2126: Year of the comet

November 03, 1992

Scientists plodding away at the routine tedium of tabulating planetary positions stumble on impending Doomsday: A giant comet hurtling toward Earth. Frenzied calculations reveal the impact will occur in the not-too-distant future with sufficient force to wipe out civilization as we know it. Humanity can save itself, but only by banding together to avert common catastrophe.

Sound familiar? It should -- the killer asteroid from outer space is a classic scenario that has been told and retold in countless space adventure epics.

This time, however, the tale comes not from the hyperactive imagination of sci-fi writers, but from the staid International Astronomical Union. Last month, for the first time in its history, that august body issued an official warning of a potential collision between Earth and a speeding object swinging in from the fringes of the solar system.

The alarm, authored by Dr. Brian G. Marsden, director of the union's central bureau and associate director for planetary sciences at the Harvard-Smithsonian Center for Astrophysics, was buried in a one-page text on orbital computations for Comet Swift-Tuttle, an obscure interplanetary interloper that last appeared in 1862 and was rediscovered this year by a Japanese amateur astronomer.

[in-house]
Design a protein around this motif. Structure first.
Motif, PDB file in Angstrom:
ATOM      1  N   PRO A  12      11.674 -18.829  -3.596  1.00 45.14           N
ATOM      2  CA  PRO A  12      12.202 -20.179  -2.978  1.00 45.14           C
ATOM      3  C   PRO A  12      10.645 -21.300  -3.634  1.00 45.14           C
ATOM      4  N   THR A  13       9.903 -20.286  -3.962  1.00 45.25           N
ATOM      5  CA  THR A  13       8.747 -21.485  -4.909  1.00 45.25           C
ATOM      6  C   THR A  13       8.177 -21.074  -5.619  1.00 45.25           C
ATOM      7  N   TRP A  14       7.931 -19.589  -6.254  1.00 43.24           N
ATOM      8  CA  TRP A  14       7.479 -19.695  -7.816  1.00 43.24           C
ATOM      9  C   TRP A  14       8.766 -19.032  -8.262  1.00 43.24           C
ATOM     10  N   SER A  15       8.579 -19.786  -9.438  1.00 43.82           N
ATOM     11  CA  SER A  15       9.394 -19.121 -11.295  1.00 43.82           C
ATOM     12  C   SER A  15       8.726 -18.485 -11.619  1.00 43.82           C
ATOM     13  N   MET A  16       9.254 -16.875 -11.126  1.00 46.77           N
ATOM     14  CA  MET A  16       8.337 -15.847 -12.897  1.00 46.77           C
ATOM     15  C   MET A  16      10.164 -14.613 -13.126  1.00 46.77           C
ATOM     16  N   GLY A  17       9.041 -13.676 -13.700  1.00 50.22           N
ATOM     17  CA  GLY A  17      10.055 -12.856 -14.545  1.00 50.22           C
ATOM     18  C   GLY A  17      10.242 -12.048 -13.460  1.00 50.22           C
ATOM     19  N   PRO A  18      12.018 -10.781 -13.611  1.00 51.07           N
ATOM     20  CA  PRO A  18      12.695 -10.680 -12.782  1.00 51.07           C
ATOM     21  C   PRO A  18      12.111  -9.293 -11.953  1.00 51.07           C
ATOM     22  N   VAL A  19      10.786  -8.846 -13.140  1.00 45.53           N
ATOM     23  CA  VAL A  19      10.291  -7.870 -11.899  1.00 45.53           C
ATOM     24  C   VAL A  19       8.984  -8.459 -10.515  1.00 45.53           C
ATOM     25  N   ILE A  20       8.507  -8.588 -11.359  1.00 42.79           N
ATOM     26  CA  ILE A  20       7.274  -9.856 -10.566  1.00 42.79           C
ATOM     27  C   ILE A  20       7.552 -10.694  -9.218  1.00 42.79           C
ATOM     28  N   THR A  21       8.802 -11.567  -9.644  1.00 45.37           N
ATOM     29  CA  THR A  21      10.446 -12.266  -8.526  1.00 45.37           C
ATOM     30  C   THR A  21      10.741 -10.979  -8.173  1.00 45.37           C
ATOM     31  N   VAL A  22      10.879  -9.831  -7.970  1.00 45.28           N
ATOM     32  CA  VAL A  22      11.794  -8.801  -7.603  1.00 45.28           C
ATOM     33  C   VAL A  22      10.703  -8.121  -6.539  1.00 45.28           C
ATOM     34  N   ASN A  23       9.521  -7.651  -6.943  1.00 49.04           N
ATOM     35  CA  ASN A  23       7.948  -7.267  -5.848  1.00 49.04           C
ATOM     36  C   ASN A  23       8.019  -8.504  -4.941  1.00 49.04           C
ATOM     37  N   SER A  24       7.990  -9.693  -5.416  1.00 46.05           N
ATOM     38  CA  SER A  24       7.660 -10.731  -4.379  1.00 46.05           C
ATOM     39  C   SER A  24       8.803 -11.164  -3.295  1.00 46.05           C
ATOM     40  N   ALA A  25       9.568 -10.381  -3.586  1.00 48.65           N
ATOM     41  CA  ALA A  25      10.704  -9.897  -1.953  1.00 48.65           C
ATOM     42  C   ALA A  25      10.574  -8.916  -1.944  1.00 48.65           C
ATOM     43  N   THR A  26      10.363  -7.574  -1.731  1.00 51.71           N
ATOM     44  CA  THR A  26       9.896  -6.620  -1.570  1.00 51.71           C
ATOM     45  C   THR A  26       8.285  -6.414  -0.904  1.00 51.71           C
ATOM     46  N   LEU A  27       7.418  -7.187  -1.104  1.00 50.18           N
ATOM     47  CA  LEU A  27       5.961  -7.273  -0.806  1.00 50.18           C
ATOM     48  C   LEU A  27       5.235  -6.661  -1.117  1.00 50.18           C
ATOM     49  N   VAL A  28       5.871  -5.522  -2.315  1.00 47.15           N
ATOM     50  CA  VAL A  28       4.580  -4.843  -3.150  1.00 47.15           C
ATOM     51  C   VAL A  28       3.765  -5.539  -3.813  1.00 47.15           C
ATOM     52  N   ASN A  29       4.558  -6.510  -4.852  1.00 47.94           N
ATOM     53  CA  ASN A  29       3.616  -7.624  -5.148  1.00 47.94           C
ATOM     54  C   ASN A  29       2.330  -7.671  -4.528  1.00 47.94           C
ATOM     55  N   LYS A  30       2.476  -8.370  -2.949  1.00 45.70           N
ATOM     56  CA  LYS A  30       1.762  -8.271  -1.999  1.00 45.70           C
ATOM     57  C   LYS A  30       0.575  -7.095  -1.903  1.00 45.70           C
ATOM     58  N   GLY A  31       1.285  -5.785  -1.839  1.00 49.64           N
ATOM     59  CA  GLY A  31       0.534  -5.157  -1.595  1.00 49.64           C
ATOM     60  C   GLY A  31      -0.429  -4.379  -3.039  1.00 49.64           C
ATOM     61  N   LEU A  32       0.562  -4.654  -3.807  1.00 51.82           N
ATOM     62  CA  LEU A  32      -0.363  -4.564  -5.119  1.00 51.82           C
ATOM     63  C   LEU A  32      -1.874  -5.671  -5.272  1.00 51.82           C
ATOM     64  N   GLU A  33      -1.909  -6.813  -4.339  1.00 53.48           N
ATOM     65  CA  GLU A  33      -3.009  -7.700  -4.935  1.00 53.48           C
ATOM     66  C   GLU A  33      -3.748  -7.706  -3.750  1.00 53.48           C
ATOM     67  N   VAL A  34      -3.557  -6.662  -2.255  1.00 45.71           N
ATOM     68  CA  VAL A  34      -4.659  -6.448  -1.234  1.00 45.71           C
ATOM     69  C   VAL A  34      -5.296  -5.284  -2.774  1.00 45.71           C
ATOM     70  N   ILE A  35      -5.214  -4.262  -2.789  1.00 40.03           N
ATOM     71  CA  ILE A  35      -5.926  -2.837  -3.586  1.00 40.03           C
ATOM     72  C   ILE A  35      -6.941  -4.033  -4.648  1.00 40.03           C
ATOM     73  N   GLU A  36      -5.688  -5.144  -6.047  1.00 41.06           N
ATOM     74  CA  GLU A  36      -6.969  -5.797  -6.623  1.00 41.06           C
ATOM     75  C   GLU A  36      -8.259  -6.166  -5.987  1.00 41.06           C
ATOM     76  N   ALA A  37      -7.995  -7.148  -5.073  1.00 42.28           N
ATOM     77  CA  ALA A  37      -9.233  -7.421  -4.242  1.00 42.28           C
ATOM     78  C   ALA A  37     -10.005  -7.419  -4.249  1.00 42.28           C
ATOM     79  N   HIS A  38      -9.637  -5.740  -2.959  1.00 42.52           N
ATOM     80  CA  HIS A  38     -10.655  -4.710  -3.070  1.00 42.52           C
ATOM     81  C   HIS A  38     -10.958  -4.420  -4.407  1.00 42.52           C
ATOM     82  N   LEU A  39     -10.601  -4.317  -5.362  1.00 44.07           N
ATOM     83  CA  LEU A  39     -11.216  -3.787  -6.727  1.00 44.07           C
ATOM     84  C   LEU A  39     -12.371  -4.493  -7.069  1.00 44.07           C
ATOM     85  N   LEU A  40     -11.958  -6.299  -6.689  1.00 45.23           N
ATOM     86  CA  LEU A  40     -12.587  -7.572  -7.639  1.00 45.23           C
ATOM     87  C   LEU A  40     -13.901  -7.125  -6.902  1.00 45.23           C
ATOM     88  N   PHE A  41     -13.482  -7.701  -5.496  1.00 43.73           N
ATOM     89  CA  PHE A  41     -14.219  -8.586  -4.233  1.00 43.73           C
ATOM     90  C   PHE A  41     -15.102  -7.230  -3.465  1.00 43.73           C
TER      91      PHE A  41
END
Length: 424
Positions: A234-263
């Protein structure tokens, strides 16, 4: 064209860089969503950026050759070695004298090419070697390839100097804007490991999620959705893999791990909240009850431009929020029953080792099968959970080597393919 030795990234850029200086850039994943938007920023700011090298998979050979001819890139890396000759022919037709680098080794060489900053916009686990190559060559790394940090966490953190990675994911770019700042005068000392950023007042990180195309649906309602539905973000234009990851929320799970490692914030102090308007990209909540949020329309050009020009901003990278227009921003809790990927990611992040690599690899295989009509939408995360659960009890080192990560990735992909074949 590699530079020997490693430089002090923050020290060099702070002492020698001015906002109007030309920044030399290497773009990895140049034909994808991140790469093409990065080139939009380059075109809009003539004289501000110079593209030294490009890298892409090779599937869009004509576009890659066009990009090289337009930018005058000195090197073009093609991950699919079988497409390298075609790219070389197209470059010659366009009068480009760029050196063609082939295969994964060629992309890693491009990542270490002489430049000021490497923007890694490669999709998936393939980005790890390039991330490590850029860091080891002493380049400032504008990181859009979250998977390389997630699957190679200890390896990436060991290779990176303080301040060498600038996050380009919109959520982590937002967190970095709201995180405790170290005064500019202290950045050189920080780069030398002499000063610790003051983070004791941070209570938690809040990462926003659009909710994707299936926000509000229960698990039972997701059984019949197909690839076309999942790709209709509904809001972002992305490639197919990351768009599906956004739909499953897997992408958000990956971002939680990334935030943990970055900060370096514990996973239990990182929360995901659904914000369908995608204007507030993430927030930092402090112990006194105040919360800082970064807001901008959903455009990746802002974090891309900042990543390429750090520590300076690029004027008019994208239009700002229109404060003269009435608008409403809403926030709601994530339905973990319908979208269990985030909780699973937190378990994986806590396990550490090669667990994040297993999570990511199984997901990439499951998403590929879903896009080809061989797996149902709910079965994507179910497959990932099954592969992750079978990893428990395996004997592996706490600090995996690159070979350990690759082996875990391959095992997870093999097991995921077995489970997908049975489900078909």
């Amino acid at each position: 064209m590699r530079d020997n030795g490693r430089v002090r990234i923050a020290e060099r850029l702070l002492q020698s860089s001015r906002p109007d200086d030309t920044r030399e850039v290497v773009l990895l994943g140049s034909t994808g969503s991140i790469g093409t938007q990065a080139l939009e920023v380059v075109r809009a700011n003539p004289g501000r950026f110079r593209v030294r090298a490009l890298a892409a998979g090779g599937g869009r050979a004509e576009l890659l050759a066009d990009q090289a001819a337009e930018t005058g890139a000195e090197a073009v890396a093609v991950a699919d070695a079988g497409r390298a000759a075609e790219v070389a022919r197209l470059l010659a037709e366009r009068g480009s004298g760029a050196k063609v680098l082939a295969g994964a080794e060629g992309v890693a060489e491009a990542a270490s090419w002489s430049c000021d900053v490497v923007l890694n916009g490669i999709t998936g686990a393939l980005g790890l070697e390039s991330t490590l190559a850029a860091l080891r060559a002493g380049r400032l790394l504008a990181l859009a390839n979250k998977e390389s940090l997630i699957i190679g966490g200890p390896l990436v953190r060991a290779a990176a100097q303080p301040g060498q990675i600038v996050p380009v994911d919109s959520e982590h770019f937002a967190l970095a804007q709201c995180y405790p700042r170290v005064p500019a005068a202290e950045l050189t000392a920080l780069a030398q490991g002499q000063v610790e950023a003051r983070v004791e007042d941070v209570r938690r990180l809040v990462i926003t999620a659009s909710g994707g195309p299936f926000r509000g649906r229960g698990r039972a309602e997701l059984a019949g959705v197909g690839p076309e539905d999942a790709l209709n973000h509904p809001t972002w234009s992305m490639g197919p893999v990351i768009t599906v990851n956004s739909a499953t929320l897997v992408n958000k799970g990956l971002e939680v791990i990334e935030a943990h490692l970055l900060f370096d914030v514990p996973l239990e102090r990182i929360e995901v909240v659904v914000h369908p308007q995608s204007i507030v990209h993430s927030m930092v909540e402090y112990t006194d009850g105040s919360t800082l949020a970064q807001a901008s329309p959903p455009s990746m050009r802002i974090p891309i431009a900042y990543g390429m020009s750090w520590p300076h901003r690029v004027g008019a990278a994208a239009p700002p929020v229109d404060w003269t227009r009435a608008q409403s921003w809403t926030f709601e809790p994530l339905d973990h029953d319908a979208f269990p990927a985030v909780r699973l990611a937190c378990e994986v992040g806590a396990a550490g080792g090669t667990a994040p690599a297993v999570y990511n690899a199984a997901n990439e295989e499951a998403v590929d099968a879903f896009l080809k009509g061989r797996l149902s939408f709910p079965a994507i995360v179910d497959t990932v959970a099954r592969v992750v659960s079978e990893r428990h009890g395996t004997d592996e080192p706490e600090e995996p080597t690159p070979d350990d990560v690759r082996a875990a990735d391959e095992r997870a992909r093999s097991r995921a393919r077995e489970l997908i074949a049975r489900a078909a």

Fortunately, Mr. Marsden says there is only about a one in 10,000 chance that the comet, which is several miles in diameter, will actually hit Earth. But if it did, he calculates the impact would occur on Aug. 14 in the year 2126, producing an explosion equivalent to a million Hiroshima-size bombs -- enough to disrupt Earth's climate and plunge its inhabitants into a new dark age.

That is why it is prudent to track the comet for as long as possible during its current pass through the inner solar system, as Dr. Marsden suggests. This will allow scientists to better determine the comet's orbit for the next pass and thus to help refine calculations of the odds of a collision.

Given 134 years' warning, humanity probably could mount an effective response if necessary. Mr. Marsden has suggested sending out a fleet of nuclear-tipped rockets to intercept the intruder and nudge it into a more benign orbit. By 2126 even more powerful techniques may have been developed. More worrisome, perhaps, is whether the fractious nations that share this planet could agree to cooperate against the common threat. That, more than any technological challenge, could well prove to be the limiting factor in humanity's ability to cope with the specter of cosmic annihilation.

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